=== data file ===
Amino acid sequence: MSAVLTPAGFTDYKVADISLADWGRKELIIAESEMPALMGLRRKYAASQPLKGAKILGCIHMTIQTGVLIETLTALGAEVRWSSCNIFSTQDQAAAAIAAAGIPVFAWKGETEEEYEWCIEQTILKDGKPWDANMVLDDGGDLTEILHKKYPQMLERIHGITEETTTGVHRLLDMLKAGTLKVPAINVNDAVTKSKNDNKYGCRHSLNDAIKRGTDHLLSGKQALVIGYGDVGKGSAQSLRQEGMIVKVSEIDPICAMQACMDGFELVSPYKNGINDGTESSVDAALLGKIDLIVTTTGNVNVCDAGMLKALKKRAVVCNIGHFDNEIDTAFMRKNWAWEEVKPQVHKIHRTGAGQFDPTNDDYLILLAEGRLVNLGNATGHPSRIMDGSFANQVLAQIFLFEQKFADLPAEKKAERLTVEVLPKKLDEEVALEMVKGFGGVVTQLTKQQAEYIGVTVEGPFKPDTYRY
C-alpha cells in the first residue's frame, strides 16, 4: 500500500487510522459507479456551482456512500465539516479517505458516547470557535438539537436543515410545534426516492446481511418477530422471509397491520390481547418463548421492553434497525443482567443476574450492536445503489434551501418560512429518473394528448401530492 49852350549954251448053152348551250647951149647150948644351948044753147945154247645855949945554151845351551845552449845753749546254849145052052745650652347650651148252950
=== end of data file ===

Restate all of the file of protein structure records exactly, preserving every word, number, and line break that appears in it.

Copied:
Amino acid sequence: MSAVLTPAGFTDYKVADISLADWGRKELIIAESEMPALMGLRRKYAASQPLKGAKILGCIHMTIQTGVLIETLTALGAEVRWSSCNIFSTQDQAAAAIAAAGIPVFAWKGETEEEYEWCIEQTILKDGKPWDANMVLDDGGDLTEILHKKYPQMLERIHGITEETTTGVHRLLDMLKAGTLKVPAINVNDAVTKSKNDNKYGCRHSLNDAIKRGTDHLLSGKQALVIGYGDVGKGSAQSLRQEGMIVKVSEIDPICAMQACMDGFELVSPYKNGINDGTESSVDAALLGKIDLIVTTTGNVNVCDAGMLKALKKRAVVCNIGHFDNEIDTAFMRKNWAWEEVKPQVHKIHRTGAGQFDPTNDDYLILLAEGRLVNLGNATGHPSRIMDGSFANQVLAQIFLFEQKFADLPAEKKAERLTVEVLPKKLDEEVALEMVKGFGGVVTQLTKQQAEYIGVTVEGPFKPDTYRY
C-alpha cells in the first residue's frame, strides 16, 4: 500500500487510522459507479456551482456512500465539516479517505458516547470557535438539537436543515410545534426516492446481511418477530422471509397491520390481547418463548421492553434497525443482567443476574450492536445503489434551501418560512429518473394528448401530492 49852350549954251448053152348551250647951149647150948644351948044753147945154247645855949945554151845351551845552449845753749546254849145052052745650652347650651148252950